By GovFresh · December 12, 2016
[caption id=”attachment_21645” align=”alignnone” width=”1024”] Photo: Kevin Harber[/caption]
The U.S. Government Accountability Office released a status report on federal government technology reform progress, and it’s an insightful read more than anything on the the lack of synchronization between agencies and GAO.
The report is part of ongoing modernization efforts reviews related to the Federal Information Technology Acquisition Reform Act, enacted in December 2014 to hold agencies accountable for cutting costs and reducing redundancies in federal technology projects.
FITARA addresses seven areas of federal IT:
- Federal data center consolidation initiative
- Enhanced transparency and improved risk management
- Agency CIO authority enhancements
- Portfolio review
- Expansion of training and use of IT acquisition cadres
- Government-wide software purchasing program
- Maximizing the benefit of the federal strategic sourcing initiative
Because of the seeming discrepancies between what agencies have (or haven’t) reported and what GAO has assessed, it’s difficult to determine what’s truly the state of federal government IT. Nonetheless, the report is insightful in that it gives a great overview of the FITARA objectives and how success is being measured.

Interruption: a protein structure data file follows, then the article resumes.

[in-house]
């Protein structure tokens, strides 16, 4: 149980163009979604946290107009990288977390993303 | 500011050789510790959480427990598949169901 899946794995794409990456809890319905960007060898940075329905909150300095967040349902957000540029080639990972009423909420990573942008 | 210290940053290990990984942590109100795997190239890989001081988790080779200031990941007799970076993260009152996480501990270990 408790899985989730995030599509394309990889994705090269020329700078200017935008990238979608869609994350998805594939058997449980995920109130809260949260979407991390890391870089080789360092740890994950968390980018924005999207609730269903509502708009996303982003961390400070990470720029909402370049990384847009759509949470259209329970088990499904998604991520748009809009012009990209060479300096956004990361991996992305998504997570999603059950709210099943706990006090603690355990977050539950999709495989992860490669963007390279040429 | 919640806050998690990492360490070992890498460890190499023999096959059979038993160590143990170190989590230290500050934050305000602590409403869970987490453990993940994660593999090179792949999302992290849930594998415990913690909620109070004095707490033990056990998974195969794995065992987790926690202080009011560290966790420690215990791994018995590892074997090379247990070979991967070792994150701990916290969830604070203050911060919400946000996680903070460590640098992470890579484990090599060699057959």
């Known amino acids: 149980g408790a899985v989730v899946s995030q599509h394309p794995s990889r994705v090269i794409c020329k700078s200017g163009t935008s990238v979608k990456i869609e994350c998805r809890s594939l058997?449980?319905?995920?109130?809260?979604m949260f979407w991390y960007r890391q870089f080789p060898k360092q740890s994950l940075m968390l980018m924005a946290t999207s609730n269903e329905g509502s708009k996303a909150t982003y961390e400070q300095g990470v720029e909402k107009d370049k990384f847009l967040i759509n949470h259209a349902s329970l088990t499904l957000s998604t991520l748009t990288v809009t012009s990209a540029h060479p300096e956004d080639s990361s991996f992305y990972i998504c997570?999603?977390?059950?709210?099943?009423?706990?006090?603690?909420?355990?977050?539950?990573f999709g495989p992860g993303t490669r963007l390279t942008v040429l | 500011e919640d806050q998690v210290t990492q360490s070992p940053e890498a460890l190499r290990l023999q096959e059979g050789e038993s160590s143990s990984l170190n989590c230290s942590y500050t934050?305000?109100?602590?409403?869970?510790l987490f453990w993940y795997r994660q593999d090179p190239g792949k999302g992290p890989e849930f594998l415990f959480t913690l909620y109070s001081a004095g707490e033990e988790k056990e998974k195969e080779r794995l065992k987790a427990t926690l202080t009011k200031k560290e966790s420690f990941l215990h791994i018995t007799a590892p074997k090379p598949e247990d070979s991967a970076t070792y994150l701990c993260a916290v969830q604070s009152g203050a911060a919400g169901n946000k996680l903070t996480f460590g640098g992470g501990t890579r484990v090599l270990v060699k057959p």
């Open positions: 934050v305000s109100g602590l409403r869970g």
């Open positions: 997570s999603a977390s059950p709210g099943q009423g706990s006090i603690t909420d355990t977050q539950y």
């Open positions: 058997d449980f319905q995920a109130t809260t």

From GAO Director Information Technology Management Issues David Powner in his testimony to the House of Representatives Subcommittees on Government Operations and Information Technology, Committee on Oversight and Government Reform:
These and other failed IT projects often suffered from a lack of disciplined and effective management, such as project planning, requirements definition, and program oversight and governance. In many instances, agencies had not consistently applied best practices that are critical to successfully acquiring IT investments. Federal IT projects have also failed due to a lack of oversight and governance. Executive-level governance and oversight across the government has often been ineffective, specifically from chief information officers (CIO). For example, we have reported that not all CIOs had the authority to review and approve the entire agency IT portfolio and that CIOs’ authority was limited.